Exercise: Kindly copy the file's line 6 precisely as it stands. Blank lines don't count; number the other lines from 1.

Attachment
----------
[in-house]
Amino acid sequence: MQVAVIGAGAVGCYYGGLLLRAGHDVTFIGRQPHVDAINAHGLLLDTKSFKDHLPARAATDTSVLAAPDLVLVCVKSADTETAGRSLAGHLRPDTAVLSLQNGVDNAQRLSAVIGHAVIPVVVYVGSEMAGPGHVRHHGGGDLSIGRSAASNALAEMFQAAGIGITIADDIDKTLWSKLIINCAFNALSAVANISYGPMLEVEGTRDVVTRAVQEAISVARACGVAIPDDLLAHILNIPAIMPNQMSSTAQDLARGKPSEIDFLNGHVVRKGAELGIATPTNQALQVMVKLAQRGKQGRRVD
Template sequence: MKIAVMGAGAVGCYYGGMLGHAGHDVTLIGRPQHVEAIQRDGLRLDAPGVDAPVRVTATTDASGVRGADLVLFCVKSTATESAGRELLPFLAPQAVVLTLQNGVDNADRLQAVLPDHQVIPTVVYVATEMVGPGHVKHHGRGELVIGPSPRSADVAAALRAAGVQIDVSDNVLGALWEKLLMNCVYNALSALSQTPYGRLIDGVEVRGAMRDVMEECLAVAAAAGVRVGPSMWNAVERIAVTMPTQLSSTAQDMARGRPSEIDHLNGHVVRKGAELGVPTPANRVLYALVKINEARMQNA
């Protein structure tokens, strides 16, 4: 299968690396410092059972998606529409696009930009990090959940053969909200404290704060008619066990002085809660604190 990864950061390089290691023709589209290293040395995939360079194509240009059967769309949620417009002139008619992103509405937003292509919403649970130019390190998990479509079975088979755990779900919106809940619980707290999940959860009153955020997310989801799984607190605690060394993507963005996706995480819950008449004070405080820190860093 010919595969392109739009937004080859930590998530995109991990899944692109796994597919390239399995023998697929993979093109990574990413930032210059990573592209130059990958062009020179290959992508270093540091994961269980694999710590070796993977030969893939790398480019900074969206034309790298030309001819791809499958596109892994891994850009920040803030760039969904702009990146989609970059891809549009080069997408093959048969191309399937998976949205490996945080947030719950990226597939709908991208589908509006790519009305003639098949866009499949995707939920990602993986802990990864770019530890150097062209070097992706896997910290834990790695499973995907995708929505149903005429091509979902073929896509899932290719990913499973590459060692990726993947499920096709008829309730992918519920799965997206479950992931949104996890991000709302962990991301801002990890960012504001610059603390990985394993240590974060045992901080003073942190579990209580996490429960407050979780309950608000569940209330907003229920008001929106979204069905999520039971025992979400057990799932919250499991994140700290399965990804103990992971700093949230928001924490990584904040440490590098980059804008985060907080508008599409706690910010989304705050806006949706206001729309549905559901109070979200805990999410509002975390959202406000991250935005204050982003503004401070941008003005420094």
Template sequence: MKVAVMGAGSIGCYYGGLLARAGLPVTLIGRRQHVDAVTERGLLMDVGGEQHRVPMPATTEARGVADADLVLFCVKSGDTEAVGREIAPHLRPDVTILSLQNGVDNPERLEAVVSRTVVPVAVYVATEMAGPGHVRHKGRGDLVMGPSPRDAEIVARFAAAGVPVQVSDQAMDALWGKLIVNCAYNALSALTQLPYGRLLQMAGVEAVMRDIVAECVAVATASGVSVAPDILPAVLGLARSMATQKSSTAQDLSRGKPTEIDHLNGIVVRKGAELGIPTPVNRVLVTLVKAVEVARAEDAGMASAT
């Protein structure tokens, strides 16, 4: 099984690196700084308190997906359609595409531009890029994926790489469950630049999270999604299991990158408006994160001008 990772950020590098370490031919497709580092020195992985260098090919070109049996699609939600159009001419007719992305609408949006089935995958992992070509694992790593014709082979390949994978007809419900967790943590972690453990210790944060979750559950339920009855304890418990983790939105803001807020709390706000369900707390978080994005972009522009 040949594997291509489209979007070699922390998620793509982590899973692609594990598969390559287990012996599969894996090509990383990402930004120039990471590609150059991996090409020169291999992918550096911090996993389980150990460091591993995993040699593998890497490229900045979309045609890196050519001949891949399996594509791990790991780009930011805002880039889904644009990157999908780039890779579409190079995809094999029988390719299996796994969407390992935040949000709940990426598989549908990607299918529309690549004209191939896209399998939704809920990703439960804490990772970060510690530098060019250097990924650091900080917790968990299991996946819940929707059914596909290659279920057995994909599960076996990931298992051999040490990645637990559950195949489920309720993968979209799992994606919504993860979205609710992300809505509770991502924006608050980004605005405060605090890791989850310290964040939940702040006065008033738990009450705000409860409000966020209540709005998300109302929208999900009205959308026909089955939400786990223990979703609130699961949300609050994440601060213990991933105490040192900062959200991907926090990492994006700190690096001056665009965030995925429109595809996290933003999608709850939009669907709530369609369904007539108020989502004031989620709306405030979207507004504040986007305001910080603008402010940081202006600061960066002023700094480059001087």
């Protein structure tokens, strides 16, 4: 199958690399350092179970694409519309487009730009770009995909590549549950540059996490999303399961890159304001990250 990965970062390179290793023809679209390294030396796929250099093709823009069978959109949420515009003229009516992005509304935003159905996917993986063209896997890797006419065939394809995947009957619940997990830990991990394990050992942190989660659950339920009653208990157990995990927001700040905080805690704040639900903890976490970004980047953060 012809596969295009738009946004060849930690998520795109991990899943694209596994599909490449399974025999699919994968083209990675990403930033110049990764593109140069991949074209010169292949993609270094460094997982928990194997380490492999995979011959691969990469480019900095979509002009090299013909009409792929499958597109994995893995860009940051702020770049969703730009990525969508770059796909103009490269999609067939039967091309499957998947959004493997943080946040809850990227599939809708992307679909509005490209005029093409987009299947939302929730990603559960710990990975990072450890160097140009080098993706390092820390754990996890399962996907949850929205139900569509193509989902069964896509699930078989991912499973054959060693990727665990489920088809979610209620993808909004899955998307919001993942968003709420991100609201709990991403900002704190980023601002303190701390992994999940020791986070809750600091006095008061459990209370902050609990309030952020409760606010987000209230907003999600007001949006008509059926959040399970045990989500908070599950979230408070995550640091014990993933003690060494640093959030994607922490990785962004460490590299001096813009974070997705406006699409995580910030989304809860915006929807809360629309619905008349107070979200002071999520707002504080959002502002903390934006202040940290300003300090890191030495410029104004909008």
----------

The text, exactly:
């Protein structure tokens, strides 16, 4: 099984690196700084308190997906359609595409531009890029994926790489469950630049999270999604299991990158408006994160001008 990772950020590098370490031919497709580092020195992985260098090919070109049996699609939600159009001419007719992305609408949006089935995958992992070509694992790593014709082979390949994978007809419900967790943590972690453990210790944060979750559950339920009855304890418990983790939105803001807020709390706000369900707390978080994005972009522009 040949594997291509489209979007070699922390998620793509982590899973692609594990598969390559287990012996599969894996090509990383990402930004120039990471590609150059991996090409020169291999992918550096911090996993389980150990460091591993995993040699593998890497490229900045979309045609890196050519001949891949399996594509791990790991780009930011805002880039889904644009990157999908780039890779579409190079995809094999029988390719299996796994969407390992935040949000709940990426598989549908990607299918529309690549004209191939896209399998939704809920990703439960804490990772970060510690530098060019250097990924650091900080917790968990299991996946819940929707059914596909290659279920057995994909599960076996990931298992051999040490990645637990559950195949489920309720993968979209799992994606919504993860979205609710992300809505509770991502924006608050980004605005405060605090890791989850310290964040939940702040006065008033738990009450705000409860409000966020209540709005998300109302929208999900009205959308026909089955939400786990223990979703609130699961949300609050994440601060213990991933105490040192900062959200991907926090990492994006700190690096001056665009965030995925429109595809996290933003999608709850939009669907709530369609369904007539108020989502004031989620709306405030979207507004504040986007305001910080603008402010940081202006600061960066002023700094480059001087």